A legal showdown is about to begin over whether six counties where voters have approved slot machines can actually install them. The Attorney general says no, but courts and the legislature may have a different opinion.
The legal showdown will come after voters in conservative Lee County in Southwest Florida voted overwhelmingly for Mitt Romney.But these voters cast ballots even more solidly for slot machines, approving them by almost a two to one margin. They weren’t alone.
On election day, voters in Brevard and Palm Beach counties also said yes to slots. That brings the total to six counties that have said yes to slots since January. Prior to the first vote last January, Florida Attorney General Pam Bondi told the Department that supervises slots that it didn’t matter how people voted, they could not issue a license.
Attorney Mark Dunbar, who has an interest in a barrel racing track in Gadsden County, which approved slots in January, disagrees. “There are a couple of cases that will likely be filed in the next six to eight weeks that will push the issue a little bit now that the voters have overwhelmingly said they would like to have slot machines at their pari-mutual facilities,” says Dunbar.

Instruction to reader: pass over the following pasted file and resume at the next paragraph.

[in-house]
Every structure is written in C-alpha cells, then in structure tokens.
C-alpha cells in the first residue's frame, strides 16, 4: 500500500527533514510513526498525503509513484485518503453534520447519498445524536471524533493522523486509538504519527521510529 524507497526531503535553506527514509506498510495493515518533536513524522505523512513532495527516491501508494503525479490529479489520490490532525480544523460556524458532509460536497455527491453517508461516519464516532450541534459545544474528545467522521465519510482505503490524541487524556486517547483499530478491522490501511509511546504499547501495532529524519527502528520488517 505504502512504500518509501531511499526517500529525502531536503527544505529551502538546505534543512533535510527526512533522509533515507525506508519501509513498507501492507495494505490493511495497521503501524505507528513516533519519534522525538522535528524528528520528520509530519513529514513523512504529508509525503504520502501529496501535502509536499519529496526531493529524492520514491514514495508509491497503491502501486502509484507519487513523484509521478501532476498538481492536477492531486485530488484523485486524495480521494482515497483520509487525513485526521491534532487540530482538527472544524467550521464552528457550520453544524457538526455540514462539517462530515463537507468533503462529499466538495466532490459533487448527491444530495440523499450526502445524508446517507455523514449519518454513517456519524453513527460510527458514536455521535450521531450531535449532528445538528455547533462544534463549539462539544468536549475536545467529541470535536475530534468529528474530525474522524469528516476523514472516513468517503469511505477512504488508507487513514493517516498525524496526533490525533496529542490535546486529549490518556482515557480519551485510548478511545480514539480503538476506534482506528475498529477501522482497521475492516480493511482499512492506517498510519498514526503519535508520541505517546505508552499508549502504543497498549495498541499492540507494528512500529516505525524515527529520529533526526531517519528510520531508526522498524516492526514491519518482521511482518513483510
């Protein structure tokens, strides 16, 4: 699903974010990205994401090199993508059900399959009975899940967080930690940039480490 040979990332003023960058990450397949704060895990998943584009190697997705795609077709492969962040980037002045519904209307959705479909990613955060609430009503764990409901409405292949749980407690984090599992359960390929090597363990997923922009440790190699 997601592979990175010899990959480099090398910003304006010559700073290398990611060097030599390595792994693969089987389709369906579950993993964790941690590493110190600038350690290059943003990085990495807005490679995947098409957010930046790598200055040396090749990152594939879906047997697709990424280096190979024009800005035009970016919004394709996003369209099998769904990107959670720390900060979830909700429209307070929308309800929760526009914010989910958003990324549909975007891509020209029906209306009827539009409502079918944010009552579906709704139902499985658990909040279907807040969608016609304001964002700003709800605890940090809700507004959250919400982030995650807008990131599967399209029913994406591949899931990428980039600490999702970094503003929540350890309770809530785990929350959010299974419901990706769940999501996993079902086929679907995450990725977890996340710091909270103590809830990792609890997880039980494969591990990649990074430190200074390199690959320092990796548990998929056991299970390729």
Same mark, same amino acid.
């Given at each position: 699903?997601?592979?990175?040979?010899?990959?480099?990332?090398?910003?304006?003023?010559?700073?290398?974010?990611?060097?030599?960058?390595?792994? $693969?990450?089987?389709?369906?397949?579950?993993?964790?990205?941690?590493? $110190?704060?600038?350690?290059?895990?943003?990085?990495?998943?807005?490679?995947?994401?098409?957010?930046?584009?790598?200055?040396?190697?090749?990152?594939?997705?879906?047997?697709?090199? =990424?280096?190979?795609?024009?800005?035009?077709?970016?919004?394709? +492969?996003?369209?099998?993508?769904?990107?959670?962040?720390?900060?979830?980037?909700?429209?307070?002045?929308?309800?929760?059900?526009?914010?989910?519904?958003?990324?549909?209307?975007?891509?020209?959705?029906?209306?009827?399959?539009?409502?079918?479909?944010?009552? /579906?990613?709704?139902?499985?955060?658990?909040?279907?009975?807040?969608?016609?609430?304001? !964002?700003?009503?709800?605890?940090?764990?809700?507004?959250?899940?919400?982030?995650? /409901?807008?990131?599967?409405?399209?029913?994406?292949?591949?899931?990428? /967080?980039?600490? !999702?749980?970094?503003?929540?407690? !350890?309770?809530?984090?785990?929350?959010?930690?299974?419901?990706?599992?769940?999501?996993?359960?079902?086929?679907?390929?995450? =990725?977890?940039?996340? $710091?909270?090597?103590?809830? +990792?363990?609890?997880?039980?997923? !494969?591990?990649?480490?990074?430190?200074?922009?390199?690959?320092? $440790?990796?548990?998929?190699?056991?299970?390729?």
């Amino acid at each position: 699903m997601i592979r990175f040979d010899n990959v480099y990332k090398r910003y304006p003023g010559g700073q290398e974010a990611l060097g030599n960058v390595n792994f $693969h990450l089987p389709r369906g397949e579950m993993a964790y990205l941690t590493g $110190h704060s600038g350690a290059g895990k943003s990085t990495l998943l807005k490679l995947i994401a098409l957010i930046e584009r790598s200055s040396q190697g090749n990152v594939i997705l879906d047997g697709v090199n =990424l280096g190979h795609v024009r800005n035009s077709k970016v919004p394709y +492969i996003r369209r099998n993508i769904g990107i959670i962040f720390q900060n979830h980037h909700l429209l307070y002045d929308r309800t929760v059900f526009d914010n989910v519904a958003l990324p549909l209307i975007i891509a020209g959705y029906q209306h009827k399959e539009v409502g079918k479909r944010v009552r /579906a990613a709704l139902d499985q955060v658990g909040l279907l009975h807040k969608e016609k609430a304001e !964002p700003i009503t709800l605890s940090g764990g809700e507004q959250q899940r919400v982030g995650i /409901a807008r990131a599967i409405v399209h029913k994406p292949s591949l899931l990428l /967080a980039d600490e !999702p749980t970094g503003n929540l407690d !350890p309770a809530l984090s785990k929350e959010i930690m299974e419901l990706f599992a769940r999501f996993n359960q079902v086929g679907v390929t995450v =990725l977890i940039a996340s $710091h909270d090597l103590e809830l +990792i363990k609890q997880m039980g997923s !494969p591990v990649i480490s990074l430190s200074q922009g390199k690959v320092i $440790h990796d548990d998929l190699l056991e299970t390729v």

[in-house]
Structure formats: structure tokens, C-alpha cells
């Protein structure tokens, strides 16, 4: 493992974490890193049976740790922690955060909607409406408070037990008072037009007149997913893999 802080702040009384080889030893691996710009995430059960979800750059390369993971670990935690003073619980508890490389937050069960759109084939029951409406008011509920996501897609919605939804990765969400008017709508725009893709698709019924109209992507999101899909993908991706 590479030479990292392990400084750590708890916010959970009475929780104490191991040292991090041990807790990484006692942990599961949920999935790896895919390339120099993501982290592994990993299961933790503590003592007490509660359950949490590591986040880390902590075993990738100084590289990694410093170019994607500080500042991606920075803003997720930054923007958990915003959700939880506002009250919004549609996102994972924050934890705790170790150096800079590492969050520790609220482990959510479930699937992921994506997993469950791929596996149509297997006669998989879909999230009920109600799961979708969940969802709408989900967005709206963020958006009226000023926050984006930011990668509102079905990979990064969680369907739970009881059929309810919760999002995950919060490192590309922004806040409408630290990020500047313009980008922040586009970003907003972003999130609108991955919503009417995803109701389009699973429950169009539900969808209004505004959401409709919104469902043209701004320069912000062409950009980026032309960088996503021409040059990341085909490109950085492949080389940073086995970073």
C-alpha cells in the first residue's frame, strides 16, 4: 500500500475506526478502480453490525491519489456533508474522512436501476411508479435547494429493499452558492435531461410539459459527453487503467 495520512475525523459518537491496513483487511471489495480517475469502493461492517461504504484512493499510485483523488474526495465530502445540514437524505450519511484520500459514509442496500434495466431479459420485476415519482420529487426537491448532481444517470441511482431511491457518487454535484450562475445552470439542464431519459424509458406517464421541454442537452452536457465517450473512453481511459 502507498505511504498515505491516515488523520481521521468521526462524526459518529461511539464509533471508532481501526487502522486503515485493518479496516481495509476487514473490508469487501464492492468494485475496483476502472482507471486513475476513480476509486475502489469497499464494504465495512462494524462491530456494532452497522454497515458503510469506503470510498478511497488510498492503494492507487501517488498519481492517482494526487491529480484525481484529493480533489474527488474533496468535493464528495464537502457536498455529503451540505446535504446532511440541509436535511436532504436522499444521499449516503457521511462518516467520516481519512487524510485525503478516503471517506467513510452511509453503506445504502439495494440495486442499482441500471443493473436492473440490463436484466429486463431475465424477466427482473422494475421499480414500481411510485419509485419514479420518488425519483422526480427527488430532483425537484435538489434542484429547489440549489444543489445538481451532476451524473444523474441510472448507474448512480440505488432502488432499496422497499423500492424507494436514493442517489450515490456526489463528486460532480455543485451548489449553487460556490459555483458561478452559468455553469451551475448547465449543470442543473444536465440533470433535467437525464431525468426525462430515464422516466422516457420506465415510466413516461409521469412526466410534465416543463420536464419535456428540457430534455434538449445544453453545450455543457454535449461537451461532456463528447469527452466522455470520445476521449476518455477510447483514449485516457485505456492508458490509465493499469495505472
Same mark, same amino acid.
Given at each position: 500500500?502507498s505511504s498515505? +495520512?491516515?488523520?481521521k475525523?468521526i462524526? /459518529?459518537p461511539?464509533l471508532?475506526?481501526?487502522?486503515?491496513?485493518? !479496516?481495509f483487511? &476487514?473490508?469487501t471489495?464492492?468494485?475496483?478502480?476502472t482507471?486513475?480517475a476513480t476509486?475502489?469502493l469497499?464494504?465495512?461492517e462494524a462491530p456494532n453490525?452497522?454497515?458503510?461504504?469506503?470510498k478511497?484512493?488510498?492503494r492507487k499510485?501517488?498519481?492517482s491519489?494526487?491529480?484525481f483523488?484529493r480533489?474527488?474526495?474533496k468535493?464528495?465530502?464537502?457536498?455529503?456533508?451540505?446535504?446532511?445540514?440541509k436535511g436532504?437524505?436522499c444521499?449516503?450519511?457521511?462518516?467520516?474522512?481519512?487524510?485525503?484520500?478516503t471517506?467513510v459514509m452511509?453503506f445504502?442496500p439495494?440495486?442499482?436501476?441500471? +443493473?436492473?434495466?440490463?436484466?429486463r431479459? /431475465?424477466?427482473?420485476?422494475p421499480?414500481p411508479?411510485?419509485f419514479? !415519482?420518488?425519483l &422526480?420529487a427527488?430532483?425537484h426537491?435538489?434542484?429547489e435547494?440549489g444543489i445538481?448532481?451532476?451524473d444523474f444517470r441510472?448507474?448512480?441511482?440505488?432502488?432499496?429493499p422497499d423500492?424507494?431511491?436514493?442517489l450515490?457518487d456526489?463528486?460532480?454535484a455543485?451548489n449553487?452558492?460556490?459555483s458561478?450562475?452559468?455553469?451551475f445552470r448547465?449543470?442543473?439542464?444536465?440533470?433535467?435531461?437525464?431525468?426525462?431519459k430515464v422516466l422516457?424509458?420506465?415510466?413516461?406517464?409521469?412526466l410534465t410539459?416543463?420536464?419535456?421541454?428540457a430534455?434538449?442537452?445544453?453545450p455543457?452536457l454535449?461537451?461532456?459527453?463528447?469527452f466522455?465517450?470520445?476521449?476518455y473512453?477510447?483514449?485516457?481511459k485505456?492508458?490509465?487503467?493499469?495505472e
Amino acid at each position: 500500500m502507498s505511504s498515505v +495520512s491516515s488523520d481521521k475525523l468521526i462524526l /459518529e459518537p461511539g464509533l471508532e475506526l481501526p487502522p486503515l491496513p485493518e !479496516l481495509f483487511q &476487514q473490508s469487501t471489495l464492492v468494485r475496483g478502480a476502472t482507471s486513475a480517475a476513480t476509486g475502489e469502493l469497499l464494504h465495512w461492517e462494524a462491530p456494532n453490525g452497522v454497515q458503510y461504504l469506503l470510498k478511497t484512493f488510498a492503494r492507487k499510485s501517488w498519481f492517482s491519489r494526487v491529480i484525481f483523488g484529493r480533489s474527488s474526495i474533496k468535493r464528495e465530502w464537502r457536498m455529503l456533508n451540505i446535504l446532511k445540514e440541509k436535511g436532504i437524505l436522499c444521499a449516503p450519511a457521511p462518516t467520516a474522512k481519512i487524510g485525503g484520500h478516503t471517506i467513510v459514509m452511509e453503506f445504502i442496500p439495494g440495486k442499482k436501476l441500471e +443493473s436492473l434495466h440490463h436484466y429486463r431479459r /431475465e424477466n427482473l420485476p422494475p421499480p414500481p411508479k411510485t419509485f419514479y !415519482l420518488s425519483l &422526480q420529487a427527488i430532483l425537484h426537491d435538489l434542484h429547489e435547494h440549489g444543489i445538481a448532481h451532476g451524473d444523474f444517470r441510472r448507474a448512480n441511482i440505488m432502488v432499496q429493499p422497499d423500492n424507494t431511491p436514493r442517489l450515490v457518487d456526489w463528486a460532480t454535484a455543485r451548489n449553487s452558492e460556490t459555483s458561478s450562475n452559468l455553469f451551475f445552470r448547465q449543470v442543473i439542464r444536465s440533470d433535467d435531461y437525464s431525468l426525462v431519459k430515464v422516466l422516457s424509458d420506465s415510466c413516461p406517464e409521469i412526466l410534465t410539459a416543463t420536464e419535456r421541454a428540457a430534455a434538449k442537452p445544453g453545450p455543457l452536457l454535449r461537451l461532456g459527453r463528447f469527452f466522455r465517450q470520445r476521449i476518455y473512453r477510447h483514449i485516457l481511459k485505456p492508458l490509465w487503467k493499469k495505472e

As slots backers get ready to go to court, state lawmakers are about to begin a two year review of every gambling regulation in the state. The state does already has slots, indian casino’s, boats to nowhere, and internet cafe’s. Senate President Don Gaetz set up the committee looking at gambling because each form is regulated differently. “We have completely unregulated aspects of gaming like internet cafes then we have over regulated aspects of gaming like some of our dog tracks and horse tracks” says Gaetz.
Any changes put the deal with the Seminole Tribe in jeopardy, The deal the state cut with the Seminole Tribe expires in two years, and another full court press for destination casinos is expected over the next two years.